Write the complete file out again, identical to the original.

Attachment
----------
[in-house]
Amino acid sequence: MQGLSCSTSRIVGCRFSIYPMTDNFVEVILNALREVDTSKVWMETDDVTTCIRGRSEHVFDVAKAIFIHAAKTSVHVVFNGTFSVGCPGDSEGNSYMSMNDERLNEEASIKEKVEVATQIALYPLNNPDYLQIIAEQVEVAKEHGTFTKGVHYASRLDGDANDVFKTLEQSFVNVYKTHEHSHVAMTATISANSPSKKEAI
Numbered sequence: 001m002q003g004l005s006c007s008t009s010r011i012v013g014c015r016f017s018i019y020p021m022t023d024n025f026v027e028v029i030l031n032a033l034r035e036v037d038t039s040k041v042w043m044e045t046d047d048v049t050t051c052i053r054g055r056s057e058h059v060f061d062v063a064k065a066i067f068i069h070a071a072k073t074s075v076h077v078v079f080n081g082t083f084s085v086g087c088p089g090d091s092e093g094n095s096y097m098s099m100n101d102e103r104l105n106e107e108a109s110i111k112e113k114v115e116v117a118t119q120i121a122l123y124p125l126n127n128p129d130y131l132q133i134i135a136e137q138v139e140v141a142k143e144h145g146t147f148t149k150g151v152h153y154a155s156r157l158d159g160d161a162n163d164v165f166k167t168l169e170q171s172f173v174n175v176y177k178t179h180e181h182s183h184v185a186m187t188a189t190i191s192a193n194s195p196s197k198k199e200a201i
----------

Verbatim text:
[in-house]
Amino acid sequence: MQGLSCSTSRIVGCRFSIYPMTDNFVEVILNALREVDTSKVWMETDDVTTCIRGRSEHVFDVAKAIFIHAAKTSVHVVFNGTFSVGCPGDSEGNSYMSMNDERLNEEASIKEKVEVATQIALYPLNNPDYLQIIAEQVEVAKEHGTFTKGVHYASRLDGDANDVFKTLEQSFVNVYKTHEHSHVAMTATISANSPSKKEAI
Numbered sequence: 001m002q003g004l005s006c007s008t009s010r011i012v013g014c015r016f017s018i019y020p021m022t023d024n025f026v027e028v029i030l031n032a033l034r035e036v037d038t039s040k041v042w043m044e045t046d047d048v049t050t051c052i053r054g055r056s057e058h059v060f061d062v063a064k065a066i067f068i069h070a071a072k073t074s075v076h077v078v079f080n081g082t083f084s085v086g087c088p089g090d091s092e093g094n095s096y097m098s099m100n101d102e103r104l105n106e107e108a109s110i111k112e113k114v115e116v117a118t119q120i121a122l123y124p125l126n127n128p129d130y131l132q133i134i135a136e137q138v139e140v141a142k143e144h145g146t147f148t149k150g151v152h153y154a155s156r157l158d159g160d161a162n163d164v165f166k167t168l169e170q171s172f173v174n175v176y177k178t179h180e181h182s183h184v185a186m187t188a189t190i191s192a193n194s195p196s197k198k199e200a201i